“Experience” is one thing. This? This is just ridiculous:
We’re not sure what’s crazier: that Tim Duncan has played in as many playoff games as an entire NBA team—a playoff team, meaning they have, like, good, experienced players—or that Tim Duncan has played in 218 playoff games.
Vast, vast disparity in experience aside, the conference semifinals matchup between the Spurs and Portland Trail Blazers promises to be one of the more intriguing series of the playoffs—a postseason which, if you haven’t been paying attention, has already flown well past 10 on the bonkers scale.
Fresh off an impressive six-game win over the Houston Rockets in Round 1, the Blazers have the look of a genuine contender in the making. But it was the way they won—narrowly, but with the steely resolve of, well, a team like the Spurs—that has NBA.com’s Fran Blinebury wondering whether Portland’s promise has arrived ahead of schedule:
It was one thing for the Blazers to tell themselves for the prior six months that this season things were going to be different. But when Lillard's rainbow hit the bottom of the net and all of his teammates were able to dance and hug and scream up and down the court, it was tangible proof.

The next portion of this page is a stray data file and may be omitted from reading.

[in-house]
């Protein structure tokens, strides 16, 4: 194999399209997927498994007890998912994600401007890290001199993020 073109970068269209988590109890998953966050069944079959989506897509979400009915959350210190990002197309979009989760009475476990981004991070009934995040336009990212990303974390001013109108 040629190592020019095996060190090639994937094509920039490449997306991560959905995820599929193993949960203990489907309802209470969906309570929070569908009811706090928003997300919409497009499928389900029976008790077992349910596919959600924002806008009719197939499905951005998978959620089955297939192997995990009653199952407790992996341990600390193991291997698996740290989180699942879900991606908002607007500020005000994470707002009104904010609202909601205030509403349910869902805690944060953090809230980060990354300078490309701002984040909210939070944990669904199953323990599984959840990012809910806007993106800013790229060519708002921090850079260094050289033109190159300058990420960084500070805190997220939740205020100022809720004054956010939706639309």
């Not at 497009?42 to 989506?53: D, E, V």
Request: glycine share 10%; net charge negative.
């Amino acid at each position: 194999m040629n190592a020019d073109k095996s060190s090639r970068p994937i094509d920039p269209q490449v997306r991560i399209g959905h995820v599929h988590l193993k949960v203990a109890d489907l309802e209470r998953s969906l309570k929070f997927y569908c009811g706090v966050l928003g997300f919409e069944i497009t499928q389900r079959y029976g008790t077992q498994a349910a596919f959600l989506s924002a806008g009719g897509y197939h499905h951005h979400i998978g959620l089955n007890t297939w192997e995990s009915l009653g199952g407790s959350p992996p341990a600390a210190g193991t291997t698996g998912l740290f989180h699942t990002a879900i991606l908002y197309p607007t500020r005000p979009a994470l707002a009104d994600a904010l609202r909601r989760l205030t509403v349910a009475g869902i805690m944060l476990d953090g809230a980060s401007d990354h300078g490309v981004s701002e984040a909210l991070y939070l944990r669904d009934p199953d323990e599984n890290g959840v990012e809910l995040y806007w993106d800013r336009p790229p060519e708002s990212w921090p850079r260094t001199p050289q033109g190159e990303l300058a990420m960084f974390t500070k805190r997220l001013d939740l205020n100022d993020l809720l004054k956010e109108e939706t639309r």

The Rockets led for the lion's share of the total minutes in the six games of the series, but the Blazers always found a way to make the difference-making plays down the stretch.
On Sunday, we took a look at whether or not Portland’s youth-laden legs might be poised to pose a serious challenge to the grizzled gang from San Antonio. Here's what Duncan and Manu Ginobili had to say—however strategically tongue-in-cheak—about their forthcoming foes:
The two teams split their season series, with Portland taking the first two, the Spurs nabbing the latter pair and each winning on the other’s home floor.
Duncan in particular is fixin’ to have his hands full with LaMarcus Aldridge, who looked like a certifiable MVP for much of the Houston series and around whom the Blazers have cobbled an effective, three-happy offense.
Then again, there’s a reason the Spurs raced to a league-best (and franchise record-tying) 62-win regular season and the postseason’s No. 1 overall seed.
San Antonio’s story might begin and end with the Duncan-Gregg Popovich pairing, but when you rummage through the roster’s playoff experience and realize you’ve never counted that high in your life, you can’t help but feel a tinge of fear for the other guys.
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